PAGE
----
© Margaret's Morsels

September 1, 2011

Dinner in a Dash

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Margaret's Morsels | Chinese Casserole
   
Last week when I posted Pineapple Pointers, I said I'd share a recipe that is delicious with fresh pineapple.  Although pineapple is often paired with pork -- baked ham with pineapple rings, maraschino cherries and a brown sugar glaze comes to mind -- it's also tasty with tuna.

Until I was a teenager, my favorite meal was a casserole my mother made called Chinese Casserole.  I'm not sure how the dish got its name because, other than using soy sauce and rice, there's nothing Chinese about it.

Chinese Casserole is made with everyday ingredients, ready to eat in a little over 30 minutes and, unlike some quick to prepare meals, full of flavor.

The recipe uses what is known in Cajun and Creole cuisine as the "holy trinity:"  onion, celery and green pepper.  


Margaret's Morsels | Chinese Casserole
Onion, celery and frozen chopped green pepper

It's a real time saver to chop and measure the vegetables ahead of time. Store the vegetables together in an airtight container in the refrigerator. When it's time to cook, the time consuming prep work will already be done.

All the ingredients will eventually be combined so use a large 10 or 12-inch skillet.  Saute the onion, celery and bell pepper in a little margarine.  Once they're tender, stir the uncooked rice and sauteed vegetables together.  


Margaret's Morsels | Chinese Casserole


Add the remaining ingredients.  One of the ingredients is a 10 ounce package of frozen green peas.  I can't find that size package anymore so I add about half of a 12 ounce package.  I would add more, but my husband doesn't like green peas.  The extra two ounces won't affect the recipe so you can add the entire package or reduce the amount of green peas to suit your taste.

Bring the mixture to a boil, stirring constantly to prevent the rice from sticking.  The easiest way I've found to loosen stuck on rice is with a metal spatula.  Turn the spatula upside down in the skillet and push the rice away from you.  The rice should come right up.  If the rice sticks no matter how much you stir, turn the heat down to medium.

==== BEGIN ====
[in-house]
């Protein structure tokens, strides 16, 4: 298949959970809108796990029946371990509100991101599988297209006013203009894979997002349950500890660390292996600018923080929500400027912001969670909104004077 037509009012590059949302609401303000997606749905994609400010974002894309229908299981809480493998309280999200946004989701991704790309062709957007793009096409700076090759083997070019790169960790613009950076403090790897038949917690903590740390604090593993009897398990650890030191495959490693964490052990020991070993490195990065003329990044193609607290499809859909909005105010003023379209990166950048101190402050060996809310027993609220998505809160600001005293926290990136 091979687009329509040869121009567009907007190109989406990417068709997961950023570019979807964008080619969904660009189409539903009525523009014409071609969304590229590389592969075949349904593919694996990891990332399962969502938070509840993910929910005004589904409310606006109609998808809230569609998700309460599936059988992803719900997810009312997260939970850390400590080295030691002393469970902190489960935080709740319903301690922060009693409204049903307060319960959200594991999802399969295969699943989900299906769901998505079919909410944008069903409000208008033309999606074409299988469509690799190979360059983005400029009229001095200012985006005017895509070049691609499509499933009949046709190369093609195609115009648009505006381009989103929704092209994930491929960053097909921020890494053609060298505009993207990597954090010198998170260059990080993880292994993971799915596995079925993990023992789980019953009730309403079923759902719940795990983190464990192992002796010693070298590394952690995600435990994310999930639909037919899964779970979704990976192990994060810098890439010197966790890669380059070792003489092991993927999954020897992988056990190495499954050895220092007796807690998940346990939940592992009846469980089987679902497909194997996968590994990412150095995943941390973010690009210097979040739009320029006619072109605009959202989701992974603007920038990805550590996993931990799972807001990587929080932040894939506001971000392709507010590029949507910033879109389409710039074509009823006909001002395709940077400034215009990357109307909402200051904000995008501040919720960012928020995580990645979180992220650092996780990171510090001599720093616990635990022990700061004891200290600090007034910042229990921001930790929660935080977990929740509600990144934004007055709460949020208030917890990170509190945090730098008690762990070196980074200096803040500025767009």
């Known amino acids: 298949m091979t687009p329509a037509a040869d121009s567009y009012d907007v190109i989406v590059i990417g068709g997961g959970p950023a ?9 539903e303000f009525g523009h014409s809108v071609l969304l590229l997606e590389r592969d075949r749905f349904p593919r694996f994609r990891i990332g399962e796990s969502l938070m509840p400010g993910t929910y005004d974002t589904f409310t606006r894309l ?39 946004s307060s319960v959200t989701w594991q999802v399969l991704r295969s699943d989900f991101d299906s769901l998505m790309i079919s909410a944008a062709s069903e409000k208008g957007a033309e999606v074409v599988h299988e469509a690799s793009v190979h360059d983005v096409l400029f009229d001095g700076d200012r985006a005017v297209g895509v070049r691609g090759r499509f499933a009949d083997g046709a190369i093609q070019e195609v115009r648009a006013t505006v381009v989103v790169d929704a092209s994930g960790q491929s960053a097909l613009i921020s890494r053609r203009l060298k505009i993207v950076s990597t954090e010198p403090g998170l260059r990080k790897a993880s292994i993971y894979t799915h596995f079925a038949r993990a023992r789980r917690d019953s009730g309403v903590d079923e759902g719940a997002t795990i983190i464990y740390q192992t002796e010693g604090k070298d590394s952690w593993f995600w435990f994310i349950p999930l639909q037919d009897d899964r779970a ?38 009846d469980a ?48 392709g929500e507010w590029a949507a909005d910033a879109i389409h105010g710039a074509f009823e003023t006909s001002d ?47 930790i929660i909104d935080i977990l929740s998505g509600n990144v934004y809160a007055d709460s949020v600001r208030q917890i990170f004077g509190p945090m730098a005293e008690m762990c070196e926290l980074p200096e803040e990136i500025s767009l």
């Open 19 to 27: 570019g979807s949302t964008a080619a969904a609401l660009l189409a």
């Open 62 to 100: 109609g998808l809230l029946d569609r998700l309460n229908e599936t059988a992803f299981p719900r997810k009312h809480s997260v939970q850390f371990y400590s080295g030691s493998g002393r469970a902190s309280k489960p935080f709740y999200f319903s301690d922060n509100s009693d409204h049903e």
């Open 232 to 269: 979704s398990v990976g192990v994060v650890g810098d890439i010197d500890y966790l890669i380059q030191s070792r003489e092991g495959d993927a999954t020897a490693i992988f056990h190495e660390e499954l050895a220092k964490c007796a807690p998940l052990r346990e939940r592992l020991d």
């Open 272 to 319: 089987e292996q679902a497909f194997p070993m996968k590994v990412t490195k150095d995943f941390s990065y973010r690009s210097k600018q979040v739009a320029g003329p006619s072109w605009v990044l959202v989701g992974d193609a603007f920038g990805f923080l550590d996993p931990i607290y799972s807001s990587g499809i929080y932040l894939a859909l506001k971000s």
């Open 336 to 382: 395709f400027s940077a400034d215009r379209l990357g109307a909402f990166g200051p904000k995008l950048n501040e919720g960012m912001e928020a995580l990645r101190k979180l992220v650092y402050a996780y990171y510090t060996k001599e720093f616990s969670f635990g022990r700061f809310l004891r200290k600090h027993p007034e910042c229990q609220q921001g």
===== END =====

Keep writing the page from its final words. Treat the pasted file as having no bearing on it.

Let the mixture boil for 10 minutes while you continue to stir.  The rice starts cooking which reduces the amount of time the dish has to be baked. Pour the mixture into a greased 2-quart casserole dish and bake at 350° for 20 minutes.


Margaret's Morsels | Chinese Casserole
The casserole after it's boiled 10 minutes.

The casserole is delicious served with fresh pineapple, but you can substitute canned pineapple chunks or rings.  Put some garlic bread in the oven at the same time as the casserole and you've got dinner in a dash.


Margaret's Morsels | Chinese Casserole


Chinese Casserole
4 to 6 Servings

1/2 medium onion, chopped
1 cup chopped celery
1/3 cup diced green pepper
1 1/2 Tbsp. margarine
1 cup rice (uncooked)
1 (10 oz.) pkg. frozen green peas (unthawed)
2 Tbsp. soy sauce
1 1/2 cups cold water
1 (5 oz.) can chunk tuna (undrained)
1 (10 3/4 oz.) can cream of mushroom soup (undiluted)

Saute the onion, celery and green pepper in margarine until tender.  Stir the rice into the vegetables until thoroughly combined.  Stir in the remaining ingredients.  Bring the mixture to a boil and boil for 10 minutes, stirring constantly.  Transfer the mixture to a greased 2-quart casserole. Bake at 350° for 20 minutes.


© Margaret's Morsels